Embers of a Lesser-Known French Revolution

The New York Times posted an interesting article about the Paris Commune last Thursday. Those of you who know that my novel Paris In Ruins is set in that time period – how could you miss that bit of information? – will know that 1871 was a tumultuous time pitting citizen against citizen on the streets of Paris. Apparently, there are Parisians who think that particular revolution should never have been quashed.

A couple of quotes to entice you to read the article.

..as France has been rocked by a series of social movements in recent years, the story of the Paris Commune has made a comeback, with protesters making connections between today’s struggles and those of a century and a half ago.

New York Times April 29, 2021
Announcing a funeral for communards killed by the French army

It is a historical event that backs up new grass-roots demands in terms of reclaiming social, political and economic power.

New York Times April 29, 2021

The Commune was long invoked as a model of class warfare … until the memory began to fade in the 1980s, along with communist ideology.

New York Times April 29, 2021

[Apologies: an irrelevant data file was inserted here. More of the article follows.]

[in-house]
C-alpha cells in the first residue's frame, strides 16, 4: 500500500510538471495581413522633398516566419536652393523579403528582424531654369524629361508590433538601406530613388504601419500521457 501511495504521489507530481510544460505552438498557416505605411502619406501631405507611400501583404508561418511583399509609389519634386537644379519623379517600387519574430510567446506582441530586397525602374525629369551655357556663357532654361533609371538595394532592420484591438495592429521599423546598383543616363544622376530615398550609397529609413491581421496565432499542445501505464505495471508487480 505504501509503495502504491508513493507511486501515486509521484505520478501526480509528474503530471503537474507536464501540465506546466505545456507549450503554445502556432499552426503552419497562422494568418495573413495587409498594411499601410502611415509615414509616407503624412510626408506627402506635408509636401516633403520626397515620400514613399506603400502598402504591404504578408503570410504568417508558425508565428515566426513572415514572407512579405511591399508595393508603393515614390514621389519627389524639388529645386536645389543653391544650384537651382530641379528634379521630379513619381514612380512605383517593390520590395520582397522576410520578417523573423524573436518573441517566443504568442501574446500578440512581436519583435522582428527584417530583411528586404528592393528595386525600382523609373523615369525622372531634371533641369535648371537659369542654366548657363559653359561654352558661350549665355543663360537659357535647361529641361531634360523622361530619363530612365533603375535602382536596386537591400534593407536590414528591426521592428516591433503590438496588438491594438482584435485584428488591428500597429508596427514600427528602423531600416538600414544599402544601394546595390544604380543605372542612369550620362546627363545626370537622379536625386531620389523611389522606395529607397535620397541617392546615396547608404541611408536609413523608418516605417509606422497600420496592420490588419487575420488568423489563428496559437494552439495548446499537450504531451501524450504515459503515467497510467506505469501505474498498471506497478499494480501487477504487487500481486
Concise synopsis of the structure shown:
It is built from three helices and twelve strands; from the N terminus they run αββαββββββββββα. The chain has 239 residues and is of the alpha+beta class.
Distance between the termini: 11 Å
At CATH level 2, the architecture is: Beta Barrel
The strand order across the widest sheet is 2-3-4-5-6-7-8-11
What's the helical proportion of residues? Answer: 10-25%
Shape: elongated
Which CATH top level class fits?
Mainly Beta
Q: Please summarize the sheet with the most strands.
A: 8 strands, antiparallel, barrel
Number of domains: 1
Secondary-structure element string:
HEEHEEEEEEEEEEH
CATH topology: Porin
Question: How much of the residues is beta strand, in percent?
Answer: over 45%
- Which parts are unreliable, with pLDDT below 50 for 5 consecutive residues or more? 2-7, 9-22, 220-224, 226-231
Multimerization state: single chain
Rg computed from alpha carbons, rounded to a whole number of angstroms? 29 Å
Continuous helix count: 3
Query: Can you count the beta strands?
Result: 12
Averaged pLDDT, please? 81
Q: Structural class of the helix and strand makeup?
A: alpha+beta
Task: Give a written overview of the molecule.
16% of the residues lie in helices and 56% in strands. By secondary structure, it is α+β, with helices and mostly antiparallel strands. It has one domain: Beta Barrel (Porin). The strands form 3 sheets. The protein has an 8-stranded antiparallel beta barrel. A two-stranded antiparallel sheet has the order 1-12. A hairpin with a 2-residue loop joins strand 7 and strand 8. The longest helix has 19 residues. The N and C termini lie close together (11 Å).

Rue de Rivoli

Catherine Kremar, a 70-year-old seasoned leftist activist, smiled as she watched the protest around her. “Revolutionary Paris is not dead,” she said.

New York Times April 29, 2021

It seems the desire for a more equal society does not fade away. At least in France.


M.K. Tod writes historical fiction. Her latest novel, PARIS IN RUINS, is available for pre-order on Amazon USAmazon CanadaKobo, and Barnes&Noble. An earlier novel, TIME AND REGRET was published by Lake Union. Mary’s other novels, LIES TOLD IN SILENCE and UNRAVELLED are available from AmazonNookKoboGoogle Play and iTunes. She can be contacted on FacebookTwitter and Goodreads or on her website www.mktod.com.

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2 Responses

  1. Reblogged this on Sharon E. Cathcart and commented:

    If you read “In The Eye of The Beholder,” you may remember a reference to the Communard Road that goes through one of the Opera Garnier basements. Check out this blog concerning new events related to the Paris Commune.

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